Buyout (Company) - Explained
What is a Corporate Buyout?
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Table of ContentsWhat is a Buyout?How does a Company Buyout Happen? Management Buyouts Versus Leveraged BuyoutsExamples of BuyoutsAcademic Research on Buyouts
What is a Buyout?
A buyout, synonymous to acquisition, refers to acquiring a controlling interest in an organization. This usually occurs when the firm decides to go private. When the companys management buys a stake, it is called a management buyout. In case, the company uses large amounts of debt for funding its buyout, it is referred to as a leveraged buyout. Key takeaways
- A buyout refers to the acquisition of a controlling or major interest in a firm.
- Management buyout occurs when the management of the company buys the stake. Leveraged buyout takes place when a big chunk of debt is utilized to finance the buyout.
- When a company plans to carry out its operations privately, buyouts take place.
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How does a Company Buyout Happen?
When a company acquires at least 50% of the share of the company, it results in change of control and power, and this is where buyout takes place. Companies that have expertise in funding and facilitating buyouts either work individually or in groups. They obtain finances from institutional investors, affluent individuals or through loans. (Note: It can be the case when a buyout company is of the belief that it can offer more value to the shareholders of firm than its current managerial team.)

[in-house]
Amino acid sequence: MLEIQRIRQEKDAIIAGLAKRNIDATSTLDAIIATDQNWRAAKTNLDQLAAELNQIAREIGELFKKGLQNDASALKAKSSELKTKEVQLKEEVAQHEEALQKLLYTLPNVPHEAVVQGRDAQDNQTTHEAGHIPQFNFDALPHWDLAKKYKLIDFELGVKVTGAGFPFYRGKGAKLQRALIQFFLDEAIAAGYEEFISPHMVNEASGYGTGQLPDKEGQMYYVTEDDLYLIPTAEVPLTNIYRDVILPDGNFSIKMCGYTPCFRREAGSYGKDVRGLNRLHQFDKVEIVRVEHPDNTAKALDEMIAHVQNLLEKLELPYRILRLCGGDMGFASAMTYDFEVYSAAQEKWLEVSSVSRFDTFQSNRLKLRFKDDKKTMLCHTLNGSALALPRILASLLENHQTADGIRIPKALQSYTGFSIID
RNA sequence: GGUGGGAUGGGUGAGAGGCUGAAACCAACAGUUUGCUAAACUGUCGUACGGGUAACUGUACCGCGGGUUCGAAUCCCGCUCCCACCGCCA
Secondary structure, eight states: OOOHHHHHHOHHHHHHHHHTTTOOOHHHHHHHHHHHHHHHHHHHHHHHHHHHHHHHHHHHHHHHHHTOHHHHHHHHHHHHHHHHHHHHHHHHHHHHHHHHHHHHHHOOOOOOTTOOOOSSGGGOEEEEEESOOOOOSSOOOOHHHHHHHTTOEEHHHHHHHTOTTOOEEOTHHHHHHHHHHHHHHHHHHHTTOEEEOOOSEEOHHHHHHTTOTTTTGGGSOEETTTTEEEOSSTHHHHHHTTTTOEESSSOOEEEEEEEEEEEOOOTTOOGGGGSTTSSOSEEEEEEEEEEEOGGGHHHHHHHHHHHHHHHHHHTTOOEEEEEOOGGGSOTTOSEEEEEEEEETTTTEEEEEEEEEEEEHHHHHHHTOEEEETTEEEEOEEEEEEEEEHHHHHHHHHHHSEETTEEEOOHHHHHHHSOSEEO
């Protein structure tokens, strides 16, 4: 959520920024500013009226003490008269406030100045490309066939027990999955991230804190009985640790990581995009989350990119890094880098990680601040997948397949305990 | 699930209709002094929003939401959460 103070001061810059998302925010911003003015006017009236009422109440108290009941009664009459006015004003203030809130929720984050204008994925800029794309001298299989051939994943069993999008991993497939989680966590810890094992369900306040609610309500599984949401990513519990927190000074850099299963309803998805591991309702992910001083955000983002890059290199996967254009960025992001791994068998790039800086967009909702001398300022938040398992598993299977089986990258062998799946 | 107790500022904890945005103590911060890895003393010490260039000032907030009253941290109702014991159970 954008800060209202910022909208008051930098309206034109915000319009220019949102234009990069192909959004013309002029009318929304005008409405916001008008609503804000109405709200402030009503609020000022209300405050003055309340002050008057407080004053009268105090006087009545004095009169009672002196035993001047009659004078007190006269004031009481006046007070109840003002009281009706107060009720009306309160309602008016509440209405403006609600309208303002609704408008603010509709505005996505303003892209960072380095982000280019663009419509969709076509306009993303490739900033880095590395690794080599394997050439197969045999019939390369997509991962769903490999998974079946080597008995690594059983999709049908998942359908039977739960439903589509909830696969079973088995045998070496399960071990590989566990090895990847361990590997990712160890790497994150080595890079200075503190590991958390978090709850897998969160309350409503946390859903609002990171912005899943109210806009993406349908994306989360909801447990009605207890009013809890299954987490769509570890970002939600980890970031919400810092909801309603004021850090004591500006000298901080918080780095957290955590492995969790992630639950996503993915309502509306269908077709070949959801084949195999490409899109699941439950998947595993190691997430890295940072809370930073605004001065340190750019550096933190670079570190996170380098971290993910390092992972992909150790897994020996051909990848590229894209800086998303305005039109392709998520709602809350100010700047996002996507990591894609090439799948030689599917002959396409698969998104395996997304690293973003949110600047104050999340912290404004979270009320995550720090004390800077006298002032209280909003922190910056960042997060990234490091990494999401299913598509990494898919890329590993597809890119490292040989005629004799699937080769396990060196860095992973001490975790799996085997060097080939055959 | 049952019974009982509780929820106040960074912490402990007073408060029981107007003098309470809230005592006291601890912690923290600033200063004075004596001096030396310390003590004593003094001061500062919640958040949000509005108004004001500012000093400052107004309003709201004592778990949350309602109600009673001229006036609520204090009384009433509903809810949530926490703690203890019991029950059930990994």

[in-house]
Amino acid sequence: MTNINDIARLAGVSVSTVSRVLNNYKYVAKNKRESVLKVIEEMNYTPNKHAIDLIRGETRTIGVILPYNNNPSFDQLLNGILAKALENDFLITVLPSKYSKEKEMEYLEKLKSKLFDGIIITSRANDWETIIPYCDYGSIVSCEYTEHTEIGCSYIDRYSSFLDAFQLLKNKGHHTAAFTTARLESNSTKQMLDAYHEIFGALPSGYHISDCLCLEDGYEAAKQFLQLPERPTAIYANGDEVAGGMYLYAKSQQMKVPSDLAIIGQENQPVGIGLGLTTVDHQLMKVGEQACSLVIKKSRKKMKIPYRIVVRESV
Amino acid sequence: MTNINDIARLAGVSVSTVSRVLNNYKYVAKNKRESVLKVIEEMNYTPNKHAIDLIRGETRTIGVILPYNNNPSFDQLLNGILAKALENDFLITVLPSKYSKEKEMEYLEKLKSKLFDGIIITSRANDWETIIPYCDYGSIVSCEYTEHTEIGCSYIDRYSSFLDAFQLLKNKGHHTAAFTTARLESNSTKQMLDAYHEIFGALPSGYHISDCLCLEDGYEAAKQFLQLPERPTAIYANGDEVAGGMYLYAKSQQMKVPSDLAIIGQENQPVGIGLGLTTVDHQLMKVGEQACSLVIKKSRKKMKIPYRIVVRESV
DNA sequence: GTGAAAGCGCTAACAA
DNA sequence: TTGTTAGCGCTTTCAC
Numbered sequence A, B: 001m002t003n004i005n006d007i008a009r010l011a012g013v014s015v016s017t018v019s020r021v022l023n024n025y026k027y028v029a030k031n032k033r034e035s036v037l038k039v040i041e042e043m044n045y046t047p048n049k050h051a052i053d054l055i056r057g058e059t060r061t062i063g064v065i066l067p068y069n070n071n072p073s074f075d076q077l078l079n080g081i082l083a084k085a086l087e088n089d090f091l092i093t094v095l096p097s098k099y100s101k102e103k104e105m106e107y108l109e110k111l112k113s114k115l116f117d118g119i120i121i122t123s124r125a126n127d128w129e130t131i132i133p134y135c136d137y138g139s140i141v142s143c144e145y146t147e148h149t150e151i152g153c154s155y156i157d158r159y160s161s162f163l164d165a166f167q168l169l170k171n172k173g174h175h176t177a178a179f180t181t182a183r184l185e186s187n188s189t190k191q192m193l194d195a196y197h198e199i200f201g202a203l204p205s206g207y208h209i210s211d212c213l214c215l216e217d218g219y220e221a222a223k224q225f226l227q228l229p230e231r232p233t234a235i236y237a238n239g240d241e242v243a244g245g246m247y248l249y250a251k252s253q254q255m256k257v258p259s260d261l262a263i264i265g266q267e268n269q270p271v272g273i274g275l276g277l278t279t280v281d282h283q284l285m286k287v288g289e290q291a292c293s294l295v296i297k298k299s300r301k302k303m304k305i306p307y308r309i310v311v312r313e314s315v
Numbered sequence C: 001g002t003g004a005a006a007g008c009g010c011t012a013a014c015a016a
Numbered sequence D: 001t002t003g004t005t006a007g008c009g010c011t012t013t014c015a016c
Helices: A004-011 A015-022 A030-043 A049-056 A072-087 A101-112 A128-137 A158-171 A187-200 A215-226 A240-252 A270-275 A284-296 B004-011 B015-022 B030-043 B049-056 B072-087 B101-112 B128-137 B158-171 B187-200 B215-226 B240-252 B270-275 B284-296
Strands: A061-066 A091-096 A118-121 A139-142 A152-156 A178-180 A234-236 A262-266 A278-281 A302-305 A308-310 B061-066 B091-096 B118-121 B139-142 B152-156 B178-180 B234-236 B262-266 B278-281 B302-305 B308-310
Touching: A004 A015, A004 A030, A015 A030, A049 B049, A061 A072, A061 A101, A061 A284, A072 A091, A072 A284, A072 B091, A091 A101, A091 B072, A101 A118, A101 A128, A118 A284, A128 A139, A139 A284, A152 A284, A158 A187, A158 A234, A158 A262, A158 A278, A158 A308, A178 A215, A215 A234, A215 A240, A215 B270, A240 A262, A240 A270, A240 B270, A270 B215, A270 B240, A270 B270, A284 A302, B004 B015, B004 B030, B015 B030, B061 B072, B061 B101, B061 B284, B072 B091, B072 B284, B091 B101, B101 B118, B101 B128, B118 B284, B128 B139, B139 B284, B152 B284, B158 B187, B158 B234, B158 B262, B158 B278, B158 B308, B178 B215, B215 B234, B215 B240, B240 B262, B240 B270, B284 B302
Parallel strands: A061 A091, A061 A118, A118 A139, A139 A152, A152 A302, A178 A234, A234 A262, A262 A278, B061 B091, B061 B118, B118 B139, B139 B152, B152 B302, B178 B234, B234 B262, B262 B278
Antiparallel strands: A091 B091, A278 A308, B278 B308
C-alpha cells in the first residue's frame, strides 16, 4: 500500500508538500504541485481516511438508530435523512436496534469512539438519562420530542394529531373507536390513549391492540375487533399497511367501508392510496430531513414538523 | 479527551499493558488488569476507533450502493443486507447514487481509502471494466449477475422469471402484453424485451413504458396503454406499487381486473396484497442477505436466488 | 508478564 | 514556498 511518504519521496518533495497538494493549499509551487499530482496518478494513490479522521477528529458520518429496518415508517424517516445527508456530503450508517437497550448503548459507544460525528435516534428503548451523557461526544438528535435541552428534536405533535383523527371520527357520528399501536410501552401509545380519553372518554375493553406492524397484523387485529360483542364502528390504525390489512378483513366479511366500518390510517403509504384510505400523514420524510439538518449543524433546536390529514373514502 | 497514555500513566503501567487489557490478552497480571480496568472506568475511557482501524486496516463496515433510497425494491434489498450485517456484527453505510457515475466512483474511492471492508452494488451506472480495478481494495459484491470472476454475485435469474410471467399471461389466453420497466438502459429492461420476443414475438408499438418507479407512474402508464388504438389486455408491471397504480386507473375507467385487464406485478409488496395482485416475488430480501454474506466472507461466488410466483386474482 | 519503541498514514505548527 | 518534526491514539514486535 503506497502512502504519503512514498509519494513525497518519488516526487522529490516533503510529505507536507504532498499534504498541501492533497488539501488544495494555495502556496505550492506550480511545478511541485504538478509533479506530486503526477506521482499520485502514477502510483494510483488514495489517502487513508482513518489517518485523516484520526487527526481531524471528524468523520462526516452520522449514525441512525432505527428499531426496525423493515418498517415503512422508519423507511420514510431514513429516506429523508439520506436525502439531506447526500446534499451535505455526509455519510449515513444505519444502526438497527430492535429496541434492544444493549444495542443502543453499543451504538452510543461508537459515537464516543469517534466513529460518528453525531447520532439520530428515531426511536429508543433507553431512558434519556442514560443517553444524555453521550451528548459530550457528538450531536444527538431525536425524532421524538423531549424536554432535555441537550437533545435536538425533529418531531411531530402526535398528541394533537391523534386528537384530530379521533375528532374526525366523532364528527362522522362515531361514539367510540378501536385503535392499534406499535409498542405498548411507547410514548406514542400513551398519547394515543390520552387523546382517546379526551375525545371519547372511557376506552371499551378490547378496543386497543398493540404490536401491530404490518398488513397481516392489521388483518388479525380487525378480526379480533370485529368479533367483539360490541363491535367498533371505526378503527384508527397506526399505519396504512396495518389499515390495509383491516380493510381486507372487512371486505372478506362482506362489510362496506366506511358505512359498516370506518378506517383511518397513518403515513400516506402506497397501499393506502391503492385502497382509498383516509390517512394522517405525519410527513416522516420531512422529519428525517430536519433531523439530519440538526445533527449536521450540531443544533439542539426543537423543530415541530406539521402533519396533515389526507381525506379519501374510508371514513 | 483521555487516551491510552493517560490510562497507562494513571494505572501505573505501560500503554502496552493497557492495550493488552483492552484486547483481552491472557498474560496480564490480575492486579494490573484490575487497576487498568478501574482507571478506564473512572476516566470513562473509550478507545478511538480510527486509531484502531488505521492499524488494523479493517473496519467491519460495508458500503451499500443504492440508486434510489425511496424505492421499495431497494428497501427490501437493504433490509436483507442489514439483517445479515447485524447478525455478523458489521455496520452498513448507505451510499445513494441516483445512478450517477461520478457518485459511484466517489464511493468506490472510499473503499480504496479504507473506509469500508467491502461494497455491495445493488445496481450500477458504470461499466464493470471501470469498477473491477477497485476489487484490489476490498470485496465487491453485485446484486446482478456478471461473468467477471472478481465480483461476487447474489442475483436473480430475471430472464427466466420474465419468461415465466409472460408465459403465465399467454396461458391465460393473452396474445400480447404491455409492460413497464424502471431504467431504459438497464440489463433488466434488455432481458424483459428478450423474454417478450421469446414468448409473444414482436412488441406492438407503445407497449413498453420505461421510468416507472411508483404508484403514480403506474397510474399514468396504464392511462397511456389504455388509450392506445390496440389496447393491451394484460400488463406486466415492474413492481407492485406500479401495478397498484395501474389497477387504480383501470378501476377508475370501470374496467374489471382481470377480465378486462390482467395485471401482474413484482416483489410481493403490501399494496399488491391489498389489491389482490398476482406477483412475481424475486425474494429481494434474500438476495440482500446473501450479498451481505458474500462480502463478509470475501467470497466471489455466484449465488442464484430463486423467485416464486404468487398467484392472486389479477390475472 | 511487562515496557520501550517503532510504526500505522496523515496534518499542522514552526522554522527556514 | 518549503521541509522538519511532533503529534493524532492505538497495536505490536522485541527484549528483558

Management Buyouts Versus Leveraged Buyouts
Management buyout (MBO) is for big firms who wish to sell non-essential divisions of their firm, or for the private organizations whose owners plan to retire. MBO offers an exit strategy to these organizations. One can finance an MBO by using an amalgam of equity and debt obtained from buyers, financial institutions, and sometimes, from the one who sells.
Leveraged buyout (LBO) considers using a certain amount of borrowed money along with the company's assets that it acquired. And the financers use this amount as collateral for loans. The firm that uses leveraged buyout may offer 1/10th of its capital as equity, and the remaining 90% to be financed by debt.
This approach calls for high risk and high reward, and when the acquisition receives larger returns and cash flows, the firm will be able to pay off the interest on debt. While financing debt, the assets of the target company are used as collateral, which buyout companies can sell (mostly a portion) for paying the debt.
Back to: Business Transactions